HONOLULU, Jan. 16 (UPI) -- A baby in Hawaii was born with microcephaly, a congenital condition associated with an underdeveloped head and brain. Health officials believe Zika virus is to blame.
Lab results from the Centers for Disease Control and Prevention confirmed the presence of the virus in the newborn. Doctors say the disease was transmitted from the mother, who contracted the disease while living in Brazil.
In response to the news, the CDC issued a travel advisory warning pregnant women to avoid travel to nations with growing numbers of Zika infections -- including Brazil, Colombia, El Salvador, French Guiana, Guatemala, Haiti, Honduras, Martinique, Mexico, Panama, Paraguay, Suriname, Venezuela, and the Commonwealth of Puerto Rico.
"We are saddened by the events that have affected this mother and her newborn," Dr. Sarah Park, an epidemiologist with Hawaii's Department of Health, said in a statement.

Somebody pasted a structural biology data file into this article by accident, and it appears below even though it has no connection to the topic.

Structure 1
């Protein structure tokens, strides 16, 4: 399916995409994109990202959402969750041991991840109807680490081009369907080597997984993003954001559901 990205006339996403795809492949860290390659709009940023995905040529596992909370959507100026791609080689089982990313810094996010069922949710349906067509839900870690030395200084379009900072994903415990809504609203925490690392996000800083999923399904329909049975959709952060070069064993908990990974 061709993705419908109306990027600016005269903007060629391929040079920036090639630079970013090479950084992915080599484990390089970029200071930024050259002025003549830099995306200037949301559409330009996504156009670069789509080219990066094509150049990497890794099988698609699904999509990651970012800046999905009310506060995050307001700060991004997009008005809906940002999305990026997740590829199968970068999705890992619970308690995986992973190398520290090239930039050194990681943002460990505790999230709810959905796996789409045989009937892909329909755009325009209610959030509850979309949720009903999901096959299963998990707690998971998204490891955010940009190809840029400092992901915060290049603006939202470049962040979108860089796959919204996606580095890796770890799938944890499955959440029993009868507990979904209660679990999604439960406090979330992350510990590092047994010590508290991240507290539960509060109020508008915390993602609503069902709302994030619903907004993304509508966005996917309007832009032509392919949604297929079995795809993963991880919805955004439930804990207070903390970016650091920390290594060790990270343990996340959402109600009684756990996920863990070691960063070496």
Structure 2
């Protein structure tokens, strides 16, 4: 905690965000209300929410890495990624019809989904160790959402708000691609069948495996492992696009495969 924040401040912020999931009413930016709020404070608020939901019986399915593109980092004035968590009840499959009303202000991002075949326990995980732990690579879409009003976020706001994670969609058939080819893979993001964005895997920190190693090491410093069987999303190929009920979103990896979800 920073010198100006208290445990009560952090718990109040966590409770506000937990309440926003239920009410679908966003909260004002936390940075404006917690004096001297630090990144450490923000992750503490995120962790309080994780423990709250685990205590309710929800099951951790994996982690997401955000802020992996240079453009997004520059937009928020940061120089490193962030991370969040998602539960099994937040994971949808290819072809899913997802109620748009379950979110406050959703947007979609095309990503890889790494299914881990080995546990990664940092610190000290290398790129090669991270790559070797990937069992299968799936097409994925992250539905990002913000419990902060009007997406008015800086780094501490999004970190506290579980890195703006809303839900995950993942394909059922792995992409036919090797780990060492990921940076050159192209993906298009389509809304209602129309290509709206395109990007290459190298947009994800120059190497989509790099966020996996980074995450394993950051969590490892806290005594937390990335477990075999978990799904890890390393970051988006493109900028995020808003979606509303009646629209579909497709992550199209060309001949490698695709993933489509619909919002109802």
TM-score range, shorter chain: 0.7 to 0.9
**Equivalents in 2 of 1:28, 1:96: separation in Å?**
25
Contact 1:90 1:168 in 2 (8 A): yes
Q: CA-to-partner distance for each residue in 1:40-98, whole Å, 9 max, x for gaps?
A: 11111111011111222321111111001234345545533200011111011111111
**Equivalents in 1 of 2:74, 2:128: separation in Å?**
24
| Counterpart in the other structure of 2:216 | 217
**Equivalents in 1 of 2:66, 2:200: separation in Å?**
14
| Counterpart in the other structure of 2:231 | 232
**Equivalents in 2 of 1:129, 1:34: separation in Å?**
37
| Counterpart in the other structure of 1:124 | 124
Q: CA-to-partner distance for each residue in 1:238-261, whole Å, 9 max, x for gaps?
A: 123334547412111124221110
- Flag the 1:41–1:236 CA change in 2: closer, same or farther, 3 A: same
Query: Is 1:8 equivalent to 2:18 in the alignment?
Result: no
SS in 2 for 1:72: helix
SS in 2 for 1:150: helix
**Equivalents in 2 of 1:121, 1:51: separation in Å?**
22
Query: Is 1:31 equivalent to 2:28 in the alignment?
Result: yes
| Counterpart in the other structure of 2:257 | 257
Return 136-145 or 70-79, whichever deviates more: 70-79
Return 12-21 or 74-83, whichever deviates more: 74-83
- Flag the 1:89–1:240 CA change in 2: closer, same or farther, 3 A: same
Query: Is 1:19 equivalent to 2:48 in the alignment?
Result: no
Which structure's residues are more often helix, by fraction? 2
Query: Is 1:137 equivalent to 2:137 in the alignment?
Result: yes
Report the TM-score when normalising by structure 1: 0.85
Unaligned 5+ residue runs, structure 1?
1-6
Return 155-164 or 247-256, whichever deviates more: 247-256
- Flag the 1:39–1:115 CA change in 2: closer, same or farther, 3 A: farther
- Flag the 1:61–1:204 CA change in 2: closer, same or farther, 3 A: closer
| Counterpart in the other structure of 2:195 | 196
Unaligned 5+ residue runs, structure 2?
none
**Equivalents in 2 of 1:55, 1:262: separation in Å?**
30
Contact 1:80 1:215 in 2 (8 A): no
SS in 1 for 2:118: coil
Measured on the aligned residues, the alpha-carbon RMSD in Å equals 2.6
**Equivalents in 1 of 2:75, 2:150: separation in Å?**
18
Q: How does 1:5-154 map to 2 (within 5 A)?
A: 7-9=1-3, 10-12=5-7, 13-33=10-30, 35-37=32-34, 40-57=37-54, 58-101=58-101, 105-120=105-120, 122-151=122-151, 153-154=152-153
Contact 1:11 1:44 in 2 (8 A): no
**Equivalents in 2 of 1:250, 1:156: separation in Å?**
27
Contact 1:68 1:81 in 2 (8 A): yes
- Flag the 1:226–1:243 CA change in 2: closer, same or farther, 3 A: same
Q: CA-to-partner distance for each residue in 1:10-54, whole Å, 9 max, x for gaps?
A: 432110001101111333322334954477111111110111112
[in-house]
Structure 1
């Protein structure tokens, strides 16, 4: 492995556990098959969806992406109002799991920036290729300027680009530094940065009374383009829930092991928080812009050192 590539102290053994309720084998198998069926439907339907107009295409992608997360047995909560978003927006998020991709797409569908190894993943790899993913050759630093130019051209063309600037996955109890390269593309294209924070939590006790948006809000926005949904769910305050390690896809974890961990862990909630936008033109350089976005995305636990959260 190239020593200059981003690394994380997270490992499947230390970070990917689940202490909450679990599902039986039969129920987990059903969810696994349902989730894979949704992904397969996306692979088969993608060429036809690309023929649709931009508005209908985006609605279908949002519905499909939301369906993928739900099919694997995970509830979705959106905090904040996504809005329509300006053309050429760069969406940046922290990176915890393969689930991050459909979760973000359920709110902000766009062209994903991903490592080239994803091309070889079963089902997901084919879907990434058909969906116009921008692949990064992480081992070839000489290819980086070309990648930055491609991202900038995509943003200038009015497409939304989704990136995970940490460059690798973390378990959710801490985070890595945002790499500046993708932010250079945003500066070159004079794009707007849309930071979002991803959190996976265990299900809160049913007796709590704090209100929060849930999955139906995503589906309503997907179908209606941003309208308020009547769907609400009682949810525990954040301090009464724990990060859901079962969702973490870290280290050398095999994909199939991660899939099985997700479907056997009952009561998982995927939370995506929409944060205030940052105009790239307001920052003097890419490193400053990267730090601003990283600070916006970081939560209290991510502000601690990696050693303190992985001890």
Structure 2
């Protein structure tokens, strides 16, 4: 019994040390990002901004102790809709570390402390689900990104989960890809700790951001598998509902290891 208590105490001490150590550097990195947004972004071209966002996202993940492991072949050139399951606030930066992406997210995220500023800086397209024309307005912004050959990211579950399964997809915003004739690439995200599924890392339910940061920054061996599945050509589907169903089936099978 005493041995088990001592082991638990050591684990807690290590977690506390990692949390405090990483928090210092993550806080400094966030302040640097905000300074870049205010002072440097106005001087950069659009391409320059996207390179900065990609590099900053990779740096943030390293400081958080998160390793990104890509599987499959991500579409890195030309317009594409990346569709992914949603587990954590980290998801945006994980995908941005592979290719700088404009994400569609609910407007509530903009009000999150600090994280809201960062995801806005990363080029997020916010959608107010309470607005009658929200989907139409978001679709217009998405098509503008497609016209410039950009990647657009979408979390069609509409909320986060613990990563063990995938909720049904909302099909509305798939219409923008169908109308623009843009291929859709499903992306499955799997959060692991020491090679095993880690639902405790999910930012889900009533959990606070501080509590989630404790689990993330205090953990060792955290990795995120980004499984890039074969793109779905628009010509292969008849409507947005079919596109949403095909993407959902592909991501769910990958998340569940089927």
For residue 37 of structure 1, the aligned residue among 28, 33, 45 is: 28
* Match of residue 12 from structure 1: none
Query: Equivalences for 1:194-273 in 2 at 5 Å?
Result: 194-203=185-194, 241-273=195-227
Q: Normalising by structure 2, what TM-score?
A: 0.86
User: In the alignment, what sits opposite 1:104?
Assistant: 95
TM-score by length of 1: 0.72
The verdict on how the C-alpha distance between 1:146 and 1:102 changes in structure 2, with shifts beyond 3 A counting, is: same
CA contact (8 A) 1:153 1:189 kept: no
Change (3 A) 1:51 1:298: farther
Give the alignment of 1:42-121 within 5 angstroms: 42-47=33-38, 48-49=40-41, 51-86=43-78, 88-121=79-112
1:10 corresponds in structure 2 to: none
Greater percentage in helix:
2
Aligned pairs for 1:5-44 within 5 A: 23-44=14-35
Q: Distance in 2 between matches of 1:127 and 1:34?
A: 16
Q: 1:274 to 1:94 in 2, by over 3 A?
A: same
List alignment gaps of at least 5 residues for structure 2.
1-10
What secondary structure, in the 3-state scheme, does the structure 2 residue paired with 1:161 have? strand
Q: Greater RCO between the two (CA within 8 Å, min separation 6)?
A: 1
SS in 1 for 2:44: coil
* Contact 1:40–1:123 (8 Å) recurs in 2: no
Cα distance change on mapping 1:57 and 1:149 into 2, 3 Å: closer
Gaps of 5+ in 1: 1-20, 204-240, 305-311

"This case further emphasizes the importance of the CDC travel recommendations released today," Park added. "Mosquitos can carry serious diseases, as we know too well with our current dengue outbreak and it is imperative that we all fight the bite by reducing mosquito breeding areas, avoiding places with mosquitos and applying repellent as needed."
The CDC and state health department said neither mother or child are infectious.
As the New York Times reports, Brazilian doctors first linked microcephaly to the Zika virus late last year. Outbreaks of the disease first began springing up throughout Latin America last spring. Since May, more than 1.5 million Brazilians have been infected.
As the number of reported Zika infections has risen, so have instances of microcephaly. On average, 150 newborns are diagnosed with the birth defect each year. Since October, doctors have confirmed 3,500 cases.